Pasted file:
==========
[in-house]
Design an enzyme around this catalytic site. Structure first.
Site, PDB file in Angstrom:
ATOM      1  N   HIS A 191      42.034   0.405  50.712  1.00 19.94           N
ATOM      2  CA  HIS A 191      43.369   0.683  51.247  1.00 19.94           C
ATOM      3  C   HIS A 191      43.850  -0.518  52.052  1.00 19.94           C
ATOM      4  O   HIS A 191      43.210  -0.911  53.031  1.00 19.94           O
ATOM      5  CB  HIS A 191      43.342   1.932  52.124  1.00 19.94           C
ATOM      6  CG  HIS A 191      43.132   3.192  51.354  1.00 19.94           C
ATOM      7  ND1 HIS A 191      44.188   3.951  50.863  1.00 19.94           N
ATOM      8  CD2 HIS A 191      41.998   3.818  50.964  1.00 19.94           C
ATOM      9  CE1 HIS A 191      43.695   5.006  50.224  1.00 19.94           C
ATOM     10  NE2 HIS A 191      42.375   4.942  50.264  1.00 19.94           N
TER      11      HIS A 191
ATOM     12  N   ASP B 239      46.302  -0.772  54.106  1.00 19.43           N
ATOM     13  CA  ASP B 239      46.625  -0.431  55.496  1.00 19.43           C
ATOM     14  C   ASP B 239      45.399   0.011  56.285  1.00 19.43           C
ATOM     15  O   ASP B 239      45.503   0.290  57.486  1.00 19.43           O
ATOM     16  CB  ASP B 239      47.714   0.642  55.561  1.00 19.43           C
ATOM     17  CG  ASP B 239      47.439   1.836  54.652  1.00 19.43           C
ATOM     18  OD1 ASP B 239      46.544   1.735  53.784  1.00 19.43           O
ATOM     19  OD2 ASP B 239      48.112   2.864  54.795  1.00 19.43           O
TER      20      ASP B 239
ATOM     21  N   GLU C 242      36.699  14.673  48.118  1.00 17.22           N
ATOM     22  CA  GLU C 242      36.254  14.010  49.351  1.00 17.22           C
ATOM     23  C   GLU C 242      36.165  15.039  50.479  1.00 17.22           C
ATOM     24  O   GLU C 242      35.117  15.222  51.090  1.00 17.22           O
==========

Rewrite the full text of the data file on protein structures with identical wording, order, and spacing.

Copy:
[in-house]
Design an enzyme around this catalytic site. Structure first.
Site, PDB file in Angstrom:
ATOM      1  N   HIS A 191      42.034   0.405  50.712  1.00 19.94           N
ATOM      2  CA  HIS A 191      43.369   0.683  51.247  1.00 19.94           C
ATOM      3  C   HIS A 191      43.850  -0.518  52.052  1.00 19.94           C
ATOM      4  O   HIS A 191      43.210  -0.911  53.031  1.00 19.94           O
ATOM      5  CB  HIS A 191      43.342   1.932  52.124  1.00 19.94           C
ATOM      6  CG  HIS A 191      43.132   3.192  51.354  1.00 19.94           C
ATOM      7  ND1 HIS A 191      44.188   3.951  50.863  1.00 19.94           N
ATOM      8  CD2 HIS A 191      41.998   3.818  50.964  1.00 19.94           C
ATOM      9  CE1 HIS A 191      43.695   5.006  50.224  1.00 19.94           C
ATOM     10  NE2 HIS A 191      42.375   4.942  50.264  1.00 19.94           N
TER      11      HIS A 191
ATOM     12  N   ASP B 239      46.302  -0.772  54.106  1.00 19.43           N
ATOM     13  CA  ASP B 239      46.625  -0.431  55.496  1.00 19.43           C
ATOM     14  C   ASP B 239      45.399   0.011  56.285  1.00 19.43           C
ATOM     15  O   ASP B 239      45.503   0.290  57.486  1.00 19.43           O
ATOM     16  CB  ASP B 239      47.714   0.642  55.561  1.00 19.43           C
ATOM     17  CG  ASP B 239      47.439   1.836  54.652  1.00 19.43           C
ATOM     18  OD1 ASP B 239      46.544   1.735  53.784  1.00 19.43           O
ATOM     19  OD2 ASP B 239      48.112   2.864  54.795  1.00 19.43           O
TER      20      ASP B 239
ATOM     21  N   GLU C 242      36.699  14.673  48.118  1.00 17.22           N
ATOM     22  CA  GLU C 242      36.254  14.010  49.351  1.00 17.22           C
ATOM     23  C   GLU C 242      36.165  15.039  50.479  1.00 17.22           C
ATOM     24  O   GLU C 242      35.117  15.222  51.090  1.00 17.22           O